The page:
Kafta kabobs are known as a quintessential part of any Lebanese barbecue. Made up of minced meat mixed with aromatic herbs and spices, kafta is skewered on a stick then grilled to perfection. These kabobs need a few simple ingredients to be put together but they are versatile: they can be grilled indoors or outdoors, roasted, and even pan-fried. And if you love kafta, check out the chicken kafta patties and baked kafta and potatoes.
What I Love About This Recipe
I love how fast this recipe comes together and how with a few ingredients you get an incredibly filling and good meal. It's also super flexible when it comes to serving: wrap kafta in pita bread, eat it with a bowl of fattoush, or alongside other Lebanese mezze platters.
- Minced meat: Use beef or lamb or a mix of both with about an 85% to 90% fat content.
- Onion: Use white, yellow, sweet, or red onion.
- Parsley: I recommend using fresh parsley, either curly leaf or Italian type.
- Garlic: Use fresh minced garlic cloves. Some people prefer to skip this ingredient but I never make kafta kabobs without some garlic.
- Seven spice: This adds a touch of Lebanese flavor and gives kafta a brilliant uplift. Here's our recipe for homemade seven spice. I am never without a jar of it!
- Additional spices: Lebanese kafta needs some ground allspice, ground cinnamon, and salt.
- Ghee or butter: Ghee or butter add flavor to the kafta kabobs.
See the recipe card at the bottom of the post for quantities.
How To Make Kafta
Wash and chop the parsley. Mince the garlic either with a garlic press or mortar and pestle. Place the minced meat in a deep mixing bowl (make sure it's large enough to mix in all the other ingredients). Then add in the minced garlic and chopped parsley.
Next, add all of the spices and finely minced onion. Mix them in really well. Knead everything together so that the ingredients are evenly spread out.
Now it's time to make our kafta kabobs. Have a cup of cold water next to you before starting this step. This is to help you shape the kabobs on the skewers. Take a handful of the meat mixture and start shaping it on a wooden skewer. Repeat until the meat mixture is all done. Place the kabobs in a hot grill pan greased with butter or ghee. Cook for a few minutes on each side until your meat reaches the desired wellness.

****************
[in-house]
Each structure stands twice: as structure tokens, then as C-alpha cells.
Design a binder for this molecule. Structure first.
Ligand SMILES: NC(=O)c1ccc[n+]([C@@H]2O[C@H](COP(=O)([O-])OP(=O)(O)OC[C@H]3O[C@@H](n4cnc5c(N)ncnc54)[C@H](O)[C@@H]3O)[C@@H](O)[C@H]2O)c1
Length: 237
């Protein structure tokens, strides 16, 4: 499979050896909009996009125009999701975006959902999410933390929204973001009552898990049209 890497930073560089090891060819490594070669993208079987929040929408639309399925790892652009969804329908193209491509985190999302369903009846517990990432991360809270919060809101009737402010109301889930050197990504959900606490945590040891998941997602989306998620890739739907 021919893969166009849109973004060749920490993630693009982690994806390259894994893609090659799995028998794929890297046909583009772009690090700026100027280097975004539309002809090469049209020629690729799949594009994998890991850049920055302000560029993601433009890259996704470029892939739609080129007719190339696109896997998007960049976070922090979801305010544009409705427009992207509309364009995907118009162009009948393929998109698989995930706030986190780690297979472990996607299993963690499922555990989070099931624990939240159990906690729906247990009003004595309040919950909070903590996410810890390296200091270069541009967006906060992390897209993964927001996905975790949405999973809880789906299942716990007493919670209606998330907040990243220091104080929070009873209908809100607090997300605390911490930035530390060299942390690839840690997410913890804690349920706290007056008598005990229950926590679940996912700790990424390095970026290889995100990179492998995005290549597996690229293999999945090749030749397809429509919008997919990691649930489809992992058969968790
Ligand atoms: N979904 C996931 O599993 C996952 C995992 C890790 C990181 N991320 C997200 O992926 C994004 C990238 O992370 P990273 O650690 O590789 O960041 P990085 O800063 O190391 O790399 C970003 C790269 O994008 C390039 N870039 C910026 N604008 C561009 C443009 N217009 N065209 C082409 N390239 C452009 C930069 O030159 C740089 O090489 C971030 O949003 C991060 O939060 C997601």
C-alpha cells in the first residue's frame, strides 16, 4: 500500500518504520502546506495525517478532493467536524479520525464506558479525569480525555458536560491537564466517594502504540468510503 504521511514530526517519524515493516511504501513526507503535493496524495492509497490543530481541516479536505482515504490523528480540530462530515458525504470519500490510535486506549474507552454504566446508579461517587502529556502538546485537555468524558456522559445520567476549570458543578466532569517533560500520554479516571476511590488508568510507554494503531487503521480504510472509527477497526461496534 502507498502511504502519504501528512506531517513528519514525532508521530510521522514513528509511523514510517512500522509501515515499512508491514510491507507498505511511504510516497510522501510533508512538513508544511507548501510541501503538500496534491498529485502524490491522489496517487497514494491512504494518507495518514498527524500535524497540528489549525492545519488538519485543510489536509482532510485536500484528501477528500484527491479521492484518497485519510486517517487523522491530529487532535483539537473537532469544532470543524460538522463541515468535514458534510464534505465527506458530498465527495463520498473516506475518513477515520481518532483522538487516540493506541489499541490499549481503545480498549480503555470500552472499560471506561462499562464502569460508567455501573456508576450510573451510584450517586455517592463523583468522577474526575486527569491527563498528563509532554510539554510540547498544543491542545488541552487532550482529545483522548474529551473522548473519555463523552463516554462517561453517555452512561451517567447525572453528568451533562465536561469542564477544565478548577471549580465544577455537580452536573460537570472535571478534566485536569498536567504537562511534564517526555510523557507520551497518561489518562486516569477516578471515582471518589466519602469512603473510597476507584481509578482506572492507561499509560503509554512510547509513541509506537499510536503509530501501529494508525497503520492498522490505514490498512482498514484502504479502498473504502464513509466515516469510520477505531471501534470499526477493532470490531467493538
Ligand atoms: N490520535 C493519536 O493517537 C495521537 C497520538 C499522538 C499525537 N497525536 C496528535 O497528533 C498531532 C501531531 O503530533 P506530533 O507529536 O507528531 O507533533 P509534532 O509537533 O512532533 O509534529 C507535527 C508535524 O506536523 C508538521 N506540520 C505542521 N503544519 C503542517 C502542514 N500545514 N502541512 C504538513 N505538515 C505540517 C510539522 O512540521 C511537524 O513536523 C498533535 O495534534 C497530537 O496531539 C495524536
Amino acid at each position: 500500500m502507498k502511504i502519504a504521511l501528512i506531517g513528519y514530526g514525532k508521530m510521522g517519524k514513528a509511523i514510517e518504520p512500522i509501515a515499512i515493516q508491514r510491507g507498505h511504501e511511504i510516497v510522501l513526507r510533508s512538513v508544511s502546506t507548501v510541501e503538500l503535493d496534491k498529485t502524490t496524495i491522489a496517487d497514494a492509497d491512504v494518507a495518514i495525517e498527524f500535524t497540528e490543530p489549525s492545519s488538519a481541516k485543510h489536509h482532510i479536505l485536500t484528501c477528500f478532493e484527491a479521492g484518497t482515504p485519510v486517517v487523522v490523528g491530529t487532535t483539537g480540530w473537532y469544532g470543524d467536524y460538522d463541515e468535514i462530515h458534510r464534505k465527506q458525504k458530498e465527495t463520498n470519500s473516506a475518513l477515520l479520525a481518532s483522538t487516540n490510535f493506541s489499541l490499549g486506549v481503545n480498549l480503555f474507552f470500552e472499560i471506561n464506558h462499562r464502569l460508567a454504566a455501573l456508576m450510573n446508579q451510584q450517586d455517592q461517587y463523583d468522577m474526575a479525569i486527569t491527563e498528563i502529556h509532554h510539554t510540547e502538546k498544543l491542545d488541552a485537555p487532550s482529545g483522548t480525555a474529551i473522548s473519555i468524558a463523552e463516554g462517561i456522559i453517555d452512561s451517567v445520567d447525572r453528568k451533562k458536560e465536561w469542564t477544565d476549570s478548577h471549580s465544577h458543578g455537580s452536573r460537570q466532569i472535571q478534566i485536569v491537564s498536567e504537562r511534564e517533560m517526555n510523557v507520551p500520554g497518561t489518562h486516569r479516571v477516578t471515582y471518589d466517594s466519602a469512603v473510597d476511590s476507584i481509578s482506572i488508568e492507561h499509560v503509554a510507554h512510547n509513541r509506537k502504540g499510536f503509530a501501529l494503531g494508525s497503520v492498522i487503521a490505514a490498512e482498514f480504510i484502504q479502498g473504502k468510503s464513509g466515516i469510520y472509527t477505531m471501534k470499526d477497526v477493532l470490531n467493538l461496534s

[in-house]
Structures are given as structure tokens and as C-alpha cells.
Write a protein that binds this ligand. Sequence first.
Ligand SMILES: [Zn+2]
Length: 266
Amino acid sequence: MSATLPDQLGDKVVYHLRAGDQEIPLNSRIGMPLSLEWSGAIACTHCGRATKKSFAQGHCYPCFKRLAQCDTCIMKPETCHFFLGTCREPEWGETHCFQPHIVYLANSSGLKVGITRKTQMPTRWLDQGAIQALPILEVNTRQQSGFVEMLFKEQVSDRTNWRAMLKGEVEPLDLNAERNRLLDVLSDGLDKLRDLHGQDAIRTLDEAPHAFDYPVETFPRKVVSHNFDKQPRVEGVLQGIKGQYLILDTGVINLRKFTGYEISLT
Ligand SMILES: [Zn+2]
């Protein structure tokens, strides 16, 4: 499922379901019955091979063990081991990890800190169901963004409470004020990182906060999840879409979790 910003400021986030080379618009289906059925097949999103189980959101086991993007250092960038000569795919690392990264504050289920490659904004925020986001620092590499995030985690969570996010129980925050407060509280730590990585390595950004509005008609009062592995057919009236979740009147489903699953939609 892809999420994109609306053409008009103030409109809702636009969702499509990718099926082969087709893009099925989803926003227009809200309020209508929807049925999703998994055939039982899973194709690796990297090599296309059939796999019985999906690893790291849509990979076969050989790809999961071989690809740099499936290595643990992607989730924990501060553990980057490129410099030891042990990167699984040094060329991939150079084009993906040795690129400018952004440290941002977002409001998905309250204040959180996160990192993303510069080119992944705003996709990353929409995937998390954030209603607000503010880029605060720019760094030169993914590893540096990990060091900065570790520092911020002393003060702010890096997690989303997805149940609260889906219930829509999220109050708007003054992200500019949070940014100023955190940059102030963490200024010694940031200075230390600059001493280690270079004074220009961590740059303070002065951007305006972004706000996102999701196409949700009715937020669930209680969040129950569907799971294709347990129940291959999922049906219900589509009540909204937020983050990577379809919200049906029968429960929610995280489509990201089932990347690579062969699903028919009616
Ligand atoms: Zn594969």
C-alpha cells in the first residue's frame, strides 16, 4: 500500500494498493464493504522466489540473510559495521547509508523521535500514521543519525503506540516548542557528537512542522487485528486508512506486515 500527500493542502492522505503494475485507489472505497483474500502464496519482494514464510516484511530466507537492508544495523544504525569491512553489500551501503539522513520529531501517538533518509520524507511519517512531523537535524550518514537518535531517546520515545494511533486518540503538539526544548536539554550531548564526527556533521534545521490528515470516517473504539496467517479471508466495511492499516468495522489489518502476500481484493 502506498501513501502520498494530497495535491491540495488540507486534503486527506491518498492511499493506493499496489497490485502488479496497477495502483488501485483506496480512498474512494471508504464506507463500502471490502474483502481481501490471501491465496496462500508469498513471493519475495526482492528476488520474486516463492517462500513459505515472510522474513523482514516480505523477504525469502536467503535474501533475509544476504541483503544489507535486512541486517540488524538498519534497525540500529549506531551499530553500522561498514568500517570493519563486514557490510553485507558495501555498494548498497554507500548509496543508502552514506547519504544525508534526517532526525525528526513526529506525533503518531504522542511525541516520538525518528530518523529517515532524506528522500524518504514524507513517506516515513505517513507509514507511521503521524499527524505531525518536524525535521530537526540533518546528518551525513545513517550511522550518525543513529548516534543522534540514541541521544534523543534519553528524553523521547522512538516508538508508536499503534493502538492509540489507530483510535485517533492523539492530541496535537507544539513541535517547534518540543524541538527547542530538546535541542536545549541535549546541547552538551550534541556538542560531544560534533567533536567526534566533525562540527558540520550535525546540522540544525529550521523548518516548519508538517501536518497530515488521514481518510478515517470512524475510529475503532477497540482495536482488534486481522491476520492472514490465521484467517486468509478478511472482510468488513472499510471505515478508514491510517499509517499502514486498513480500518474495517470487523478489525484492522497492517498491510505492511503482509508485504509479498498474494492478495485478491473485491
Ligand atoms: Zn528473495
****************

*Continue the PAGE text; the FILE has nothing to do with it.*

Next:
Tips and Tricks
- Don't over-grill your kafta: Make sure you're always around the grill as you cook the meat skewers. Overcooking kafta results in the meat drying out so make sure you check on your skewers as they cook.
- Add melted ghee to the grill pan: I cook these on the stovetop using a grill pan that has some melted ghee melted all over it. This gives the kafta a brilliant flavor and prevents and binds all the flavor together. Butter also works here but it's not as good as some high-quality organic ghee.
- Space the skewers out: Make sure your skewers are spaced out in the pan and not overcrowded because that affects the cooking process. I cook these in batches and recommend that you do that too.
Variations and Substitutions
- BBQ kafta kabobs: I grilled these on the stovetop but you can also opt to cook them on an actual outdoor barbecue. They'll taste just as good but make sure you brush a little bit of ghee on each meat skewer before grilling.
- Pita kafta rounds: This is a childhood favorite for me. Basically, use the same meat mix we prepped but instead of shaping it on skewers, you spread it on pita bread and pop it in the oven for a few minutes. Drizzle with some pomegranate molasses when it's out of the oven and thank me later.
- Kafta meatballs: My grandma always saves a little bit of the kafta mix and shapes it into meatballs that we later use in soups and stews.
- Grill pan, cast iron grill skillet, or outdoor grill to grill the kafta skewers
- Large mixing bowl to mix the ground meat and spices together
- Wooden skewers or metal skewers
Kafta kabobs taste best when they're eaten hot right from the grill pan. If you want to store some for later, shape the mix on skewers and keep them in the fridge (for up to 2 days) or in the freezer (for up to 6 months). You can then cook them right before you want to serve them.
It's best to avoid reheating the kabobs in a microwave because that makes the meat dry. To reheat cooked kafta kabobs place them on a grill pan and heat for a few minutes on each side.
Beef or lamb both work for kafta with a moderate fat content (around 85% fat).